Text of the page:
Legions of Disney Parks lovers return “home” year after year whether it’s to Anaheim or Lake Buena Vista or perhaps Paris, Hong Kong, or Tokyo. We’ve bought the single and multi-pack postcards and mailed them off to family and friends. A question I always ask myself is, Am I sending the same postcard to (insert name here) again? I can’t recall which set of postcards I bought last time. Was it Epcot or perhaps Animal Kingdom? Crikey. I haven’t the foggiest idea.
Well, I came up with an idea and started creating my own postcards and why not, I have hundreds if not thousands of images from which to choose. Not only that but I can make them artsy and truly separate mine from those mass produced.
Here’s what you’ll need to create your personal postcards:
1. A sharp image you took on a previous trip
2. Photo editing software
4. A local printer or online printer to produce the postcards
I started with this recent photo taken at the entrance to Rock ‘n’ Roller Coaster® Starring Aerosmith at Disney’s Hollywood Studios.
Taken with my Canon PowerShot SX30 IS. I used a mini tripod and set it on a trash can. ISO 800 f3.2 1/6 A long exposure allows the camera to record light and colors correctly in low light.
You don’t have to use professional photo editing software to crop, adjust contrast and color, and add effects. I happen to use Adobe Photoshop CS3. Take a look at cnet.com for photo editing software and free trials. Just remember to be careful when downloading anything from any website. Make sure your anti-virus protection and firewall are working.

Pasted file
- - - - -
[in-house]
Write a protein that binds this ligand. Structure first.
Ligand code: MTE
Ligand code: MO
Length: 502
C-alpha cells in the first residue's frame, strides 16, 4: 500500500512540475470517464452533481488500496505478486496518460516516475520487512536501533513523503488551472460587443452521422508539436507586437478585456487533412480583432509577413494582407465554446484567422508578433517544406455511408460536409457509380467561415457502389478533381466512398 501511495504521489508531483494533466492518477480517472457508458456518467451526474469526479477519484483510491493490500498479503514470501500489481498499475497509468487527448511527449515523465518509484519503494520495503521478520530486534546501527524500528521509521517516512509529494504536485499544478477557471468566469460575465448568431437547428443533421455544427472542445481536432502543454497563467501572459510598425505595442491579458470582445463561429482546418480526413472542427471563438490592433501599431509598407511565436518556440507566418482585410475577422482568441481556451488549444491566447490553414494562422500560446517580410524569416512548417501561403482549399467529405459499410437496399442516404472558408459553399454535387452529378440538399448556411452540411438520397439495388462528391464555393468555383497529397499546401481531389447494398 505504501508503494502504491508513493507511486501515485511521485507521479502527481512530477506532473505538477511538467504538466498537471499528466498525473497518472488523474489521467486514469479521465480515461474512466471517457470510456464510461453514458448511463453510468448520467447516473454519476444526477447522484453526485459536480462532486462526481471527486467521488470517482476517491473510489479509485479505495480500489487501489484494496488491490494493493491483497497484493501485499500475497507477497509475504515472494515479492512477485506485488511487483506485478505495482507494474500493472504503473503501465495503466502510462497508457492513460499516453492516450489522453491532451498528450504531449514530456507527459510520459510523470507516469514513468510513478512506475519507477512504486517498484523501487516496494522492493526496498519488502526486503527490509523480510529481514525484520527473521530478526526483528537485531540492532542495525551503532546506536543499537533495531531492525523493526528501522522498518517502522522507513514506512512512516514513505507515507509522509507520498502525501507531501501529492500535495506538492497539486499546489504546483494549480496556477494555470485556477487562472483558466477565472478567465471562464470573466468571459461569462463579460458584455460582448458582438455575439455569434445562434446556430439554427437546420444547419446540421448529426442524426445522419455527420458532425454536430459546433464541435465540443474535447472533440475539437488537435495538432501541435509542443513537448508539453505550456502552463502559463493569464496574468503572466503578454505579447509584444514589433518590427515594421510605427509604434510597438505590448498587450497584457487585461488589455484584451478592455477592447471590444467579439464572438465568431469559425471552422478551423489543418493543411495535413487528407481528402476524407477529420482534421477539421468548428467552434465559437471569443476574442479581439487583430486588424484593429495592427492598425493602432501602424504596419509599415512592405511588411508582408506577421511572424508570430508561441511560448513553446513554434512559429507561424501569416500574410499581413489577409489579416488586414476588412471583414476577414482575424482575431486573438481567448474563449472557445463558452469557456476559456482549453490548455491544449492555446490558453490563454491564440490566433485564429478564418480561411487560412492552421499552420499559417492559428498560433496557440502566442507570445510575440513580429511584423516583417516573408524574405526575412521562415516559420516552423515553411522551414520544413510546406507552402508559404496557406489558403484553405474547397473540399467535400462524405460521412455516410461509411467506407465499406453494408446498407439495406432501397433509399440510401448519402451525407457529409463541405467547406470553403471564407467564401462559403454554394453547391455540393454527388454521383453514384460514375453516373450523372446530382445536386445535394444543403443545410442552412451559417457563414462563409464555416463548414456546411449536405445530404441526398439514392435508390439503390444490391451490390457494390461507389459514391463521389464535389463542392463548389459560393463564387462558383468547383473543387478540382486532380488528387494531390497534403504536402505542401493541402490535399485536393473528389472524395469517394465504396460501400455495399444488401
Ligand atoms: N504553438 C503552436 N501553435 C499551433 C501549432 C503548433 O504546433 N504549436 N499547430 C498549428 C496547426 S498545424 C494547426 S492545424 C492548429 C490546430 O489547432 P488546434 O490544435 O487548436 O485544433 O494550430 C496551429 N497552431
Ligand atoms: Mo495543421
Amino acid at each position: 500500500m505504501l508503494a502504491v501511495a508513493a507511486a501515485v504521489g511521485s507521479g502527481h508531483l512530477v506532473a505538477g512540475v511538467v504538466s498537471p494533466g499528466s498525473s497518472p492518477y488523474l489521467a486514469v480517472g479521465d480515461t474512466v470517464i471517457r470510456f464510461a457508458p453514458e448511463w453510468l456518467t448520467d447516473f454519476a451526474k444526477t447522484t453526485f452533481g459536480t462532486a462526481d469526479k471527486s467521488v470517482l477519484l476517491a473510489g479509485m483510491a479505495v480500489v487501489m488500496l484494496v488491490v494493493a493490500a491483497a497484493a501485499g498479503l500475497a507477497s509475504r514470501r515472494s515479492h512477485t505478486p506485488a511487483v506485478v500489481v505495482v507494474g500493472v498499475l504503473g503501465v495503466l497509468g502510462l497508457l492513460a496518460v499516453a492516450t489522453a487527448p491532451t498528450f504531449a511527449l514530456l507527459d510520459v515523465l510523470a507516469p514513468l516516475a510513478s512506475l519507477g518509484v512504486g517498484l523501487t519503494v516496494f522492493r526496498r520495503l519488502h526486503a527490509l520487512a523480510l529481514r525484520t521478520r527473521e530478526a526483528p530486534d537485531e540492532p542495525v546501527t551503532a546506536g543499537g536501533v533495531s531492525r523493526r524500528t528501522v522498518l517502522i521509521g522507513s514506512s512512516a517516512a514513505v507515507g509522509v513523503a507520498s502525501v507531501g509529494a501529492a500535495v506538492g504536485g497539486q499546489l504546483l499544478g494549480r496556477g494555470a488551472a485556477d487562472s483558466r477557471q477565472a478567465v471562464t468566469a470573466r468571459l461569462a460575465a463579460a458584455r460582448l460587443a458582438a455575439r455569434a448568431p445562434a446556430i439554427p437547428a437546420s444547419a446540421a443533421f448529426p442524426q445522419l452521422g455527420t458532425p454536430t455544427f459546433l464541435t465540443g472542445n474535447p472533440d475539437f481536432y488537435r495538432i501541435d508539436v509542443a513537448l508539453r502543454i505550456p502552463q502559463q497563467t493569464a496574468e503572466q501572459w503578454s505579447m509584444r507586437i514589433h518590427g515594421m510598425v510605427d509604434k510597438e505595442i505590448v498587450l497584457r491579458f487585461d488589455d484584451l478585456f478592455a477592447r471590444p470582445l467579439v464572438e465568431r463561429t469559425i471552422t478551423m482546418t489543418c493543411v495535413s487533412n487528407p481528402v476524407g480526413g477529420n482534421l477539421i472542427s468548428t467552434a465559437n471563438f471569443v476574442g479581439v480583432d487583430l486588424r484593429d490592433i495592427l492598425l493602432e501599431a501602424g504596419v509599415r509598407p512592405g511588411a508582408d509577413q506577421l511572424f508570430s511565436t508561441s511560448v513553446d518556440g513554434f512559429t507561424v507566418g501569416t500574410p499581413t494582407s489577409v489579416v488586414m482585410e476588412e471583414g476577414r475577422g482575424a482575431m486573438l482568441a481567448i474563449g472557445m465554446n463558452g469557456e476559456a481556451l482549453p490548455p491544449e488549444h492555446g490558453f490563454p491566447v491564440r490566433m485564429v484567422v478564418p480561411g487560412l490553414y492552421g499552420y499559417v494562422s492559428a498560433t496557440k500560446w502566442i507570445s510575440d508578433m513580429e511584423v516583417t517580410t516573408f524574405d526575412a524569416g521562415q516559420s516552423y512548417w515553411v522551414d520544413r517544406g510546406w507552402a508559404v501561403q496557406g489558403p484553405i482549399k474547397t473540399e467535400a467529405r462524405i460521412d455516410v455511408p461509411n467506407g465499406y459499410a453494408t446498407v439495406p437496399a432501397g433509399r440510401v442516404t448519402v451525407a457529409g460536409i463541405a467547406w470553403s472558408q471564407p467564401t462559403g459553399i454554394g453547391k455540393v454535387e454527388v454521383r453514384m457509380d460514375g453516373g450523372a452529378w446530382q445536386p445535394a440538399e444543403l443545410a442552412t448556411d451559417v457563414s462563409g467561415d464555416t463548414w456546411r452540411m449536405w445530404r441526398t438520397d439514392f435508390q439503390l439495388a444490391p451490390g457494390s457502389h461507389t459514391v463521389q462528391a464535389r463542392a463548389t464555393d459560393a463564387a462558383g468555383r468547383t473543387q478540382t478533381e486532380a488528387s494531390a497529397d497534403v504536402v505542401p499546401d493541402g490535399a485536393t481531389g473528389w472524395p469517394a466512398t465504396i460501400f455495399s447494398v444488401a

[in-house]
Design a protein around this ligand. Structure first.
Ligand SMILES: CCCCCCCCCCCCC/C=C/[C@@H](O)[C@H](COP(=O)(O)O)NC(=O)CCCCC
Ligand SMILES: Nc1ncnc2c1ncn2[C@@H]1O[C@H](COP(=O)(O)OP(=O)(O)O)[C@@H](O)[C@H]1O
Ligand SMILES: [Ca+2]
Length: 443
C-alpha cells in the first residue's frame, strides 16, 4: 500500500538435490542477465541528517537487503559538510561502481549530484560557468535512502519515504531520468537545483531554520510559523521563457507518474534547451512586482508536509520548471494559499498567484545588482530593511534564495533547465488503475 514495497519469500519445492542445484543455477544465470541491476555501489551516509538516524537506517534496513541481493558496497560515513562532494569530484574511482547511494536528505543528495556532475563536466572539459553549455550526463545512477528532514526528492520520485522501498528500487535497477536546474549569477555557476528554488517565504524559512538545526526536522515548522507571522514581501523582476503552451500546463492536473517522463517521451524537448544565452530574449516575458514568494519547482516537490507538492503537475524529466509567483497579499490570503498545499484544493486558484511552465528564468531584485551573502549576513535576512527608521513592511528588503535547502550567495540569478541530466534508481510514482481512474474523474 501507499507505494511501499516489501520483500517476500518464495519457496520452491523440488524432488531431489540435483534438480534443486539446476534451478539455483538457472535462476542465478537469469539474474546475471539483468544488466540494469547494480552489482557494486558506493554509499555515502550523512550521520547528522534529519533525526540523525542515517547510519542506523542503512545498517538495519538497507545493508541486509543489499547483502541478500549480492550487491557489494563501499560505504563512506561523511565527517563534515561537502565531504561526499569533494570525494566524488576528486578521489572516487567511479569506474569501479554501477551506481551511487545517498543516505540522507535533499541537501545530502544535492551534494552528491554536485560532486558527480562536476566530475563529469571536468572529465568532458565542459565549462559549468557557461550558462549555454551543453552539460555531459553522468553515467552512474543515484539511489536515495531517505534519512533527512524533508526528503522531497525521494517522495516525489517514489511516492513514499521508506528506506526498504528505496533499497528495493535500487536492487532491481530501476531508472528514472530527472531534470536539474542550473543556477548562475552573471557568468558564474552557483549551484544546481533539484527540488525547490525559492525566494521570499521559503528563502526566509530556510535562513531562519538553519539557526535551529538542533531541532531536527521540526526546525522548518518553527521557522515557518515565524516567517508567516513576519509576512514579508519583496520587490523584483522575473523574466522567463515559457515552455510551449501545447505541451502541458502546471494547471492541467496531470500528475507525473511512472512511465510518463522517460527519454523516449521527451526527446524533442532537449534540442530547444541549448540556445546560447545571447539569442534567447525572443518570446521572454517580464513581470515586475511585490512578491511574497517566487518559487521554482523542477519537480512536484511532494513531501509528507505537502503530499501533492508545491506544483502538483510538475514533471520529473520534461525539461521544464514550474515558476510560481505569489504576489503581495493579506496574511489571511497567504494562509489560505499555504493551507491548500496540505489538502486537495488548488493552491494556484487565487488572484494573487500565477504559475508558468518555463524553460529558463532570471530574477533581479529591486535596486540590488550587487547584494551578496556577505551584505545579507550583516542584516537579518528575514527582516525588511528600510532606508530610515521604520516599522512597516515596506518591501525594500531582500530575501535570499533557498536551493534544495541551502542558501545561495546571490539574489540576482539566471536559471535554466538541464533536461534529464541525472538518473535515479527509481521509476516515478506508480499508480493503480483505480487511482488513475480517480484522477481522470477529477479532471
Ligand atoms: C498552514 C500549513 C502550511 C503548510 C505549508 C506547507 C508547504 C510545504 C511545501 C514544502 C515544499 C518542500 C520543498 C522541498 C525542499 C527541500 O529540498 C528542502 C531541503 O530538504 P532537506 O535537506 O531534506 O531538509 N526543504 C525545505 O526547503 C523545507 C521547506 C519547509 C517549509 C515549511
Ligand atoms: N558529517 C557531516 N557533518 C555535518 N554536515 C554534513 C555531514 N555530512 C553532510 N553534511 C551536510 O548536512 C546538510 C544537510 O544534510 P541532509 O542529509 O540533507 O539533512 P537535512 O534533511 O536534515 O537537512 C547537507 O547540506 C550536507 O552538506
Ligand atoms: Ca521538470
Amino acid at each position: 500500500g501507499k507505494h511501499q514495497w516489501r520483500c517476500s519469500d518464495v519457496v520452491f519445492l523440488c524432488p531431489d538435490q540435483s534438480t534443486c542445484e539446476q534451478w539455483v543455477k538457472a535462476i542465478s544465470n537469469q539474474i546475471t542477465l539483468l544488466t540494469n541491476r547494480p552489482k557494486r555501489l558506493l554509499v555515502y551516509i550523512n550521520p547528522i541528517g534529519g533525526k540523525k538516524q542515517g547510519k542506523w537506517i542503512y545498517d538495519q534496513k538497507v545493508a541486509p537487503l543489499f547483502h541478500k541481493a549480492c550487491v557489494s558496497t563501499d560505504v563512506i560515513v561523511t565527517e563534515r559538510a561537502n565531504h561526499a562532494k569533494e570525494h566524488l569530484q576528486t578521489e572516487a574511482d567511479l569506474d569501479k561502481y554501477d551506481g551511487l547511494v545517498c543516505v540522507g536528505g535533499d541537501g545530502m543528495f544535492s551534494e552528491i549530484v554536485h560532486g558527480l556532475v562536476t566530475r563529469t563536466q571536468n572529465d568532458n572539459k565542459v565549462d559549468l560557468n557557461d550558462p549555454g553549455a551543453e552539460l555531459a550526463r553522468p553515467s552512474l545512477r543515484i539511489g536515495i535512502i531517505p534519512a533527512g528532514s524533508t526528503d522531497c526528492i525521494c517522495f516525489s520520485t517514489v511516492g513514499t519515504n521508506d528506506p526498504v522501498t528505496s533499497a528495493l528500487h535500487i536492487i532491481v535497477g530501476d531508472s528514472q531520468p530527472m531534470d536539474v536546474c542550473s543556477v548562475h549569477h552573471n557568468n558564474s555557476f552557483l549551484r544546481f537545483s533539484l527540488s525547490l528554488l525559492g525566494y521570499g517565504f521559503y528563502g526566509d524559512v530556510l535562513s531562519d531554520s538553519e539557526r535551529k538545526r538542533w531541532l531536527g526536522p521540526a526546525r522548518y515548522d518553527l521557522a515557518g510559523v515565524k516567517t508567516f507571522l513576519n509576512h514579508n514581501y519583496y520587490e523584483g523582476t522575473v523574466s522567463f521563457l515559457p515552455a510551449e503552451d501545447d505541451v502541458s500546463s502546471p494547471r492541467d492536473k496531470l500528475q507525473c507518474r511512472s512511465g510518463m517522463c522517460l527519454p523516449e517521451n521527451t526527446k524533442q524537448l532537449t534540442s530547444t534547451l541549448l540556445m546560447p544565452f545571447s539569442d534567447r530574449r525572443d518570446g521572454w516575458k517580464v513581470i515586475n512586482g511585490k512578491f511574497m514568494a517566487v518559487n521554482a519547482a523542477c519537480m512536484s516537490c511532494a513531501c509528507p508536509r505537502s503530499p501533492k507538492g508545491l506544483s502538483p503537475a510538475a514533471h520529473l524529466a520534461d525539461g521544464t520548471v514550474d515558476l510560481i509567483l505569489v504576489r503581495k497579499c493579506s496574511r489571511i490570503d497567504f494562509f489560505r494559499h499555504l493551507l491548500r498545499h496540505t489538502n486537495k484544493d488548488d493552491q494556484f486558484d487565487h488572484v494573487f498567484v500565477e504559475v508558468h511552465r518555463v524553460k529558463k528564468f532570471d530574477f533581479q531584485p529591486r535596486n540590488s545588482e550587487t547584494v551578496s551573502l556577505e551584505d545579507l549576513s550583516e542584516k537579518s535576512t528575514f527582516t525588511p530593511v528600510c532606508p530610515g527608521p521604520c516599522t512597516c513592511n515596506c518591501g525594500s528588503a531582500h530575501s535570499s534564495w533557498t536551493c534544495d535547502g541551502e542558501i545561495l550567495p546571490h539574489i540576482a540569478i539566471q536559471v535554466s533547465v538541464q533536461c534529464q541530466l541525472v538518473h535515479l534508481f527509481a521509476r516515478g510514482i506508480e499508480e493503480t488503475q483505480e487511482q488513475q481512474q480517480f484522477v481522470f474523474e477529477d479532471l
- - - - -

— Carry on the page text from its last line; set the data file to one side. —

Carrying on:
With the software I made my first crop, taking out space that doesn’t take away from the overall image. Then I added lens flare to the headlights followed by lighting effects. You’ll notice the top right and bottom left corners are very dark, also on the top left, creating a more dramatic look.
Since we’re designing postcards, add some text to the photo, perhaps the location or a friendly message. You can search for Disney fonts at www.mickeyavenue.com or a broad range of typestyles at dafont.com
This font is called Waltograph. I also used a warp text effect called bugle.
One website that doesn’t require you to purchase large quantities of postcards is Zazzle.com. Start with a blank slate or select designs.
Before uploading your image to any website, make sure to read the guidelines regarding image size and quality. You don’t want to waste money on blurry images and have everyone call you and ask, Where did you go, again?
Don’t worry, my actual postcards don’t have half my copyright mark slapped onto the front. It’s imprinted on the back.
There you go. You can create your very own unique souvenirs that people will keep.
“Like my Facebook page and see my photo gifts or follow me on Twitter, my handle is lisano1.